It was a photo op from a dream. Moses Brown stood next to the NBA’s all-time leading scorer and a UCLA legend he hopes to emulate in ways other than just being a 7-footer from New York.
Kareem Abdul-Jabbar focused the moment entirely on the young Bruin, pointing at Brown in his white warmup gear and welcoming him to his alma mater in a photo he tweeted out before the game.
Abdul-Jabbar had returned to the site of his college glory Saturday night to be honored at halftime as part of a celebration of greatness.
The unusually large crowd at Pauley Pavilion cheered another Bruins big man throughout the game, Brown breaking out of a two-week slump to help UCLA enjoy a 90-69 stomping of Arizona.
Equally memorable was the first meeting of giants from different eras.
“I always wanted to meet him and I always thought I would meet him here and that was it,” Brown said of Abdul-Jabbar. “He just told me to keep up the good work.”
Brown put in a yeoman’s effort against the Wildcats, fighting for rebounds, elevating for putbacks and even making a handful of free throws. He logged a double-double by early in the second half and finished with 15 rebounds, 11 points and two blocks as the Bruins emphatically ended a three-game losing streak.
It was a collective breakthrough for UCLA. Forward Kris Wilkes turned in his most efficient performance of his two college seasons on the way to a career-high 34 points, and point guard Jaylen Hands tallied 12 points and 11 assists to go with his five turnovers.
Wilkes fulfilled the prediction of Bruin radio broadcasters who said he would eventually break out of a prolonged shooting funk by making 12 of 16 shots and five of seven three-pointers. He also had three assists, including a lob that Jalen Hill snatched for a two-handed dunk.
“Ultimately, it’s up to me to make the right decision,” Wilkes said. “If I’m not open, swing it and I think tonight I calmed down a lot more and wasn’t trying to force a lot of shots like I did previously in past games.”
Wilkes sparked one final cheer in the closing minutes when he banked in a three-pointer at the end of the shot clock. The crowd of 11,164 marinated in the blowout, chanting “U-C-L-A!” on a night when Wilkes’ surge helped his team make 57.9% of its shots.
“We know that’s the player he is,” Bruins interim coach Murry Bartow said, “and it’s good to see him making shots, feeling good, playing confident.”
The Bruins (11-9, 4-3 Pac-12) could exhale for most of the second half after a 24-12 surge out of halftime gave them a 25-point lead on the way to their most lopsided win over the Wildcats (14-7, 5-3) since a 22-point shellacking in February 2011.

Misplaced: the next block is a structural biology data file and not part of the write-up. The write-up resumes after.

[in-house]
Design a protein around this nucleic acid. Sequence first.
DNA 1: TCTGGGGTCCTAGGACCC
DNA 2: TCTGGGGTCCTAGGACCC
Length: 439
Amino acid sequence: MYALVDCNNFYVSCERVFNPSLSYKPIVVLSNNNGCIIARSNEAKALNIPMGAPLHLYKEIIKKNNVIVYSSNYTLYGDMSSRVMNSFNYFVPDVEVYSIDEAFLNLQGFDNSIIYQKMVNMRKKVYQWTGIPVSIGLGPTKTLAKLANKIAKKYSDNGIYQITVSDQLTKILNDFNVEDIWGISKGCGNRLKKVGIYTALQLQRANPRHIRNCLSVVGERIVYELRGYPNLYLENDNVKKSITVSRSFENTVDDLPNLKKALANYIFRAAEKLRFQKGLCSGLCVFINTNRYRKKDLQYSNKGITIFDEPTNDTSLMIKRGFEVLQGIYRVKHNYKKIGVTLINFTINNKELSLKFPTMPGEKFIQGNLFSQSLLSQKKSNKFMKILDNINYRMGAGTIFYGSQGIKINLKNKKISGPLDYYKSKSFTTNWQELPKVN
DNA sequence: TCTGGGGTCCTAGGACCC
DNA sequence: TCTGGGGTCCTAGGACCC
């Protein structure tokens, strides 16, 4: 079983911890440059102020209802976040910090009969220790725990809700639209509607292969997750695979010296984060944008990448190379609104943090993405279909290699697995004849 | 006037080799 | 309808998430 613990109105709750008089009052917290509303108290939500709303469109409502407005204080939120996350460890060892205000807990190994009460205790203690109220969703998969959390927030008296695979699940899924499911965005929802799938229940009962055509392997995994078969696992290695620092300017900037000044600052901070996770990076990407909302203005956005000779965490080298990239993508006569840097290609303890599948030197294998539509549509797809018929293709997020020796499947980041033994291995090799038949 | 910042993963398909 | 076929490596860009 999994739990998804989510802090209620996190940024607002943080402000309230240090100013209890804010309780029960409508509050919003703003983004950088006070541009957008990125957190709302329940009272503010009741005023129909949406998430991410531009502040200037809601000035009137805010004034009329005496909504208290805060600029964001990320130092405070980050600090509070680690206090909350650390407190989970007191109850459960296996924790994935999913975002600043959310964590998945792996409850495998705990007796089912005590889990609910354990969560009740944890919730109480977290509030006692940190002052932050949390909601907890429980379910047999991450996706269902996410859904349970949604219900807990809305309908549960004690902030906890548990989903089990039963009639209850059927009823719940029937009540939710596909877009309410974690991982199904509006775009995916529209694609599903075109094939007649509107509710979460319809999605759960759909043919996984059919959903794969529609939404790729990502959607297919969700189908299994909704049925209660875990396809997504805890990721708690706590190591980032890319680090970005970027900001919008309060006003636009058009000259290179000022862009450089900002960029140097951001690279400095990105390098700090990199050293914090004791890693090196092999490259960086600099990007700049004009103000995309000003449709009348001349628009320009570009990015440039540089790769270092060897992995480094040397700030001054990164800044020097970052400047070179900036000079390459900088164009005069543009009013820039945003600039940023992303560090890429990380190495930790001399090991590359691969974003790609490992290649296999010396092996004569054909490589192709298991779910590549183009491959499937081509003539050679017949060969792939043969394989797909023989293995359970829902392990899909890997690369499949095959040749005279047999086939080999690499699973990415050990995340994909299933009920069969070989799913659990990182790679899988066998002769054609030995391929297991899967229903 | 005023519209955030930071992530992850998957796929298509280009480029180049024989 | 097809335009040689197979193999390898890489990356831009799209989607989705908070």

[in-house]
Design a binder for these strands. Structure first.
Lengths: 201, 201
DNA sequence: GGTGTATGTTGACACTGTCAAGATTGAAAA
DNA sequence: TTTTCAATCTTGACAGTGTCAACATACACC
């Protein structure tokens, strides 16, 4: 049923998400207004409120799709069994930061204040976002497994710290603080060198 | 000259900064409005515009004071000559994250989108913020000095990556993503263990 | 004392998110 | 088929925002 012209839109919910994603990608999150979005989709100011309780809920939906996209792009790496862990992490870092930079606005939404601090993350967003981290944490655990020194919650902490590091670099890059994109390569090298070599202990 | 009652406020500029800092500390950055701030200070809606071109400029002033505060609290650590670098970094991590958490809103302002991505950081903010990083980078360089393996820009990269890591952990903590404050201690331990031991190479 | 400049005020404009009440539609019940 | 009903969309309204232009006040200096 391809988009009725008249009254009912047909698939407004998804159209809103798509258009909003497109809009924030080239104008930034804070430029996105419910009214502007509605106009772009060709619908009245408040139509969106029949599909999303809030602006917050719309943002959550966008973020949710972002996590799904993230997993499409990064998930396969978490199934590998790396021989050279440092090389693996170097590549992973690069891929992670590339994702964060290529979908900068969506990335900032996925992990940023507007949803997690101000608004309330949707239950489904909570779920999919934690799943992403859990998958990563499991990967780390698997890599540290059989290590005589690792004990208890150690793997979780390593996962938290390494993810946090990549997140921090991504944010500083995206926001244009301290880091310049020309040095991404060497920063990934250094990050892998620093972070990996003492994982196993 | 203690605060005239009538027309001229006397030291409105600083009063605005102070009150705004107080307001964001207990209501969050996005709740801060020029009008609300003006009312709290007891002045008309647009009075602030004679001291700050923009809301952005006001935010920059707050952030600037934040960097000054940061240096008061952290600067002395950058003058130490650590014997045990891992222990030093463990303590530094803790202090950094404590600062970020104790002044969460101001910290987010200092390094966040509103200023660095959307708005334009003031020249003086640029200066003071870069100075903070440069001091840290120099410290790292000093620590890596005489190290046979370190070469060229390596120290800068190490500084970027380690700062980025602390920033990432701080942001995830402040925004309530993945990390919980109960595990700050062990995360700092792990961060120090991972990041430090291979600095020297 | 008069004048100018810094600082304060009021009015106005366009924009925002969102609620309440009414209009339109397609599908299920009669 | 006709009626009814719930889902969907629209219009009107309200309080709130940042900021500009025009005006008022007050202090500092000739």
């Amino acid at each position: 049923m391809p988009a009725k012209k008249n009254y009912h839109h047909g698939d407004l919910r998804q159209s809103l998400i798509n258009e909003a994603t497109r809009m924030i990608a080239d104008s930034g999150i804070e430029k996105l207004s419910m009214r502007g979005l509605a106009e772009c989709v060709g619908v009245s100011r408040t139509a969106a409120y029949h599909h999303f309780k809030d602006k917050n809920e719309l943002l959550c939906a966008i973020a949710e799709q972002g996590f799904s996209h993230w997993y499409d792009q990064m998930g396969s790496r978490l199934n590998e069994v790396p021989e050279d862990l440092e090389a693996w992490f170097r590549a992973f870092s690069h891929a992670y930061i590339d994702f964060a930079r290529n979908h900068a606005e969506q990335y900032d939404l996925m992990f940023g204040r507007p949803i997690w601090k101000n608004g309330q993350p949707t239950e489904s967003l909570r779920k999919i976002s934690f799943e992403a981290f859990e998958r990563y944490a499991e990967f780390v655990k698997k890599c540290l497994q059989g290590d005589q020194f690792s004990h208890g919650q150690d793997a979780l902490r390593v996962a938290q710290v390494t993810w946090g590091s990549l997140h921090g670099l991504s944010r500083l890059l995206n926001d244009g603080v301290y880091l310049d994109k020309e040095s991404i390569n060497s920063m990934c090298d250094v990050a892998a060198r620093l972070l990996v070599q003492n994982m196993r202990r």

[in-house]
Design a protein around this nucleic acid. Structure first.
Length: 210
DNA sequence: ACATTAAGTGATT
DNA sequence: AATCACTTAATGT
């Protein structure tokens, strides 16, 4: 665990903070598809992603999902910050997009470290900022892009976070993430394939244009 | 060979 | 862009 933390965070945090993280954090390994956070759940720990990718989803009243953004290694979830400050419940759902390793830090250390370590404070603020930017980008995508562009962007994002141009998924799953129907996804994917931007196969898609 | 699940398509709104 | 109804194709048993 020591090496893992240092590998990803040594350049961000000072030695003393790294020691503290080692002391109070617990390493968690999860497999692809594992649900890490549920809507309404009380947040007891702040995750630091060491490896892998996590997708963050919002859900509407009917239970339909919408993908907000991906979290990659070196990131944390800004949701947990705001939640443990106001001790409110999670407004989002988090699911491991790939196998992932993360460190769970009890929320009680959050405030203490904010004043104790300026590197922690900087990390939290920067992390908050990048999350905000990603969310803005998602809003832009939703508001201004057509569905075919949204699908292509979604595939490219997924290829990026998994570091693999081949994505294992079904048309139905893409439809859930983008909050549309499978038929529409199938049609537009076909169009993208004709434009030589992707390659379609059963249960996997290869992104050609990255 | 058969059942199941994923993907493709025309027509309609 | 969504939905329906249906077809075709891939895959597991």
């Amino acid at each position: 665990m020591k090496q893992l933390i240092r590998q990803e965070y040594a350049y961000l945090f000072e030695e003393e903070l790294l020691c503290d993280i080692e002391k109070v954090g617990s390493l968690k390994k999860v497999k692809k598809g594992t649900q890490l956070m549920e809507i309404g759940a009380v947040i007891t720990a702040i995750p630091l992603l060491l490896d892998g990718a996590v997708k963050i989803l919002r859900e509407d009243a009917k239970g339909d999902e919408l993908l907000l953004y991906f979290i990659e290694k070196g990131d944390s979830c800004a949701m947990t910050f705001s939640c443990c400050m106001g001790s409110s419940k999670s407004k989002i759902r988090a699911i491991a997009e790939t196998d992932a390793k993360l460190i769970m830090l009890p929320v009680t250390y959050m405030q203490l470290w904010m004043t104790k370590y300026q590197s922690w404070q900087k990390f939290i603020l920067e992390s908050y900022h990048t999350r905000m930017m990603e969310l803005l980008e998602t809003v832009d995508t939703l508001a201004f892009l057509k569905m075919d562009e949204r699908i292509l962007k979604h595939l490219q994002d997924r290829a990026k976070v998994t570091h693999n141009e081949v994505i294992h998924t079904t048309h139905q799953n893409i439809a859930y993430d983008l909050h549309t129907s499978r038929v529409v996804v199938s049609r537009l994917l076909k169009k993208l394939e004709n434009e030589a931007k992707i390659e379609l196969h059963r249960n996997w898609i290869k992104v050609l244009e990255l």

There was all sorts of fun for UCLA on a night it honored its 1968-69 national championship team.
The sweet-shooting Lynn Shackelford pantomimed his form and bowed to Abdul-Jabbar when the 7-footer was introduced. Guard John Vallely, addressing the crowd and mentioning how the Bruins went 29-1 during one stretch, deadpanned, “It was tough times at Pauley Pavilion.”
That had actually held true in recent weeks, the Bruins dropping three of their previous five home games.
They were sloppy for stretches against Arizona, but it hardly mattered given the Wildcats’ epic shooting struggles. Arizona made only 22 of 66 shots (33.3%) and eight of 26 three-pointers (30.8%), sinking only its chances at avoiding a second consecutive loss. Guard Brandon Williams had 19 points for the Wildcats, who played without the injured Chase Jeter.
Brown was active early with a jump hook for UCLA’s first points. He later lunged for his own miss, snatching the ball for a one-handed putback dunk, and triggered some of the loudest cheers in the first half when he made a free throw.
Brown endured his usual misses at the line, making only three of nine attempts, but there was no need to nitpick on a night he turned in his own personal tribute to UCLA’s greatest player.
Brown said he had also spoken to Bill Walton before the Bruins great called the game for ESPN2 in something that’s become a pregame routine whenever Walton is around.
“These guys have been here and done that and they have so much to teach me,” Brown said. “So I just want to go out there and play to the best of my ability, follow in their footsteps.”
Wednesday at Washington State, 7 p.m., Beasley Coliseum, Pac-12 Network — Losers of eight of their last nine games, the Cougars (8-11, 1-5 Pac-12) are challenging California for last place in the conference. They play at Oregon on Sunday.